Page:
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As a recent octogenarian, I am appalled at the extended time between the baccalaureate degree and a final Ph.D. in the physical sciences (C&EN, April 3, page 28). In the 1930s, '40s, and '50s, the usual time varied between a minimum of three years and a maximum of five years, unless one had the misfortune to have as a mentor a professor who valued the graduate student's work so highly and the student's career so little that he kept the individual working for the almost unheard-of seven years.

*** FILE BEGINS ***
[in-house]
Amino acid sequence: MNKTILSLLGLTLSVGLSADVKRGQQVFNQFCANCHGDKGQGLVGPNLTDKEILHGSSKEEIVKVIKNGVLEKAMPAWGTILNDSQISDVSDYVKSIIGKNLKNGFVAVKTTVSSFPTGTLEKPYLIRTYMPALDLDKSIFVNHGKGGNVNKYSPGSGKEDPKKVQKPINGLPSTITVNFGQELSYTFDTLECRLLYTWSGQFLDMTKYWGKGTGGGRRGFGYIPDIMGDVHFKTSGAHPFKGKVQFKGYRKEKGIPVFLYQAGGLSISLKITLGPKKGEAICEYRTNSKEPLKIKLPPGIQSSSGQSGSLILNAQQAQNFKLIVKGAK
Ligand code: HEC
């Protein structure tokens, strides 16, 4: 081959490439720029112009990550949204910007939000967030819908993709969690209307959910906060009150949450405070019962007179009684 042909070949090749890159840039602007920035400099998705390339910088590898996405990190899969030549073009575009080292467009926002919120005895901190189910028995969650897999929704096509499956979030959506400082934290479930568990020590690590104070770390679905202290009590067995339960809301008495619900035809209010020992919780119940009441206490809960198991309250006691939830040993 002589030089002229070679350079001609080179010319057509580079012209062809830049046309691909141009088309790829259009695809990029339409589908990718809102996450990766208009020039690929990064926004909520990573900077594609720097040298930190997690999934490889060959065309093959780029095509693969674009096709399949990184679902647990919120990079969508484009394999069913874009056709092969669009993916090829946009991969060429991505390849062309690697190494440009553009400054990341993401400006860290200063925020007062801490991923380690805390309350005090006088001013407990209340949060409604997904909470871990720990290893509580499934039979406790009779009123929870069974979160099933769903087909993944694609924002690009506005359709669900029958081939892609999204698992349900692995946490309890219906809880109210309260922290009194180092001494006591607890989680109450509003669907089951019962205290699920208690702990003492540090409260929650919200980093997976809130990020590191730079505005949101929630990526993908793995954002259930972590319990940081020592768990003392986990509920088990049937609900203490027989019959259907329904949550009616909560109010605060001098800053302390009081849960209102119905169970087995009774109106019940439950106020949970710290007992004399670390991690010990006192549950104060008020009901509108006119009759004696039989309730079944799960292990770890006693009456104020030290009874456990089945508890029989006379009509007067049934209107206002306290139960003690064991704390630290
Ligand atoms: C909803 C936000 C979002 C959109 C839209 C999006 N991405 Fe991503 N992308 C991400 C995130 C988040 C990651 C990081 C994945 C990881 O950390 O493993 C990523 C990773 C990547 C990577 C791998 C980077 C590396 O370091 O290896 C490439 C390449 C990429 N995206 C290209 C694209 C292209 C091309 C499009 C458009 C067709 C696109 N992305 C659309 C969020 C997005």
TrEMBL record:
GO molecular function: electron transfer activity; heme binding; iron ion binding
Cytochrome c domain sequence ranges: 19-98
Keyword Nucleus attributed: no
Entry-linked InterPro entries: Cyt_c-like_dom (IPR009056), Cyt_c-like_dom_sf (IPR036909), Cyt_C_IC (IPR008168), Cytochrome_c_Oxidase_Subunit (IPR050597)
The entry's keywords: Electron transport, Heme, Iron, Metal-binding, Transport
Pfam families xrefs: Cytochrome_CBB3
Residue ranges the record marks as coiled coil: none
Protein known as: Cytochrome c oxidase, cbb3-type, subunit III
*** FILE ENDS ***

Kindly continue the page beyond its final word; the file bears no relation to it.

For a genius such as Robert B. Woodward, the dwell time between the B.S. and the Ph.D. was only one year. He graduated shy of his 20th birthday. But it was not uncommon for scientists to receive their Ph.D.s at age 24. Unfortunately, with a relatively difficult job market at the present time, the delay in receiving the degree translates into a shorter working career and a less comfortable retirement.
Silver Spring, Md.
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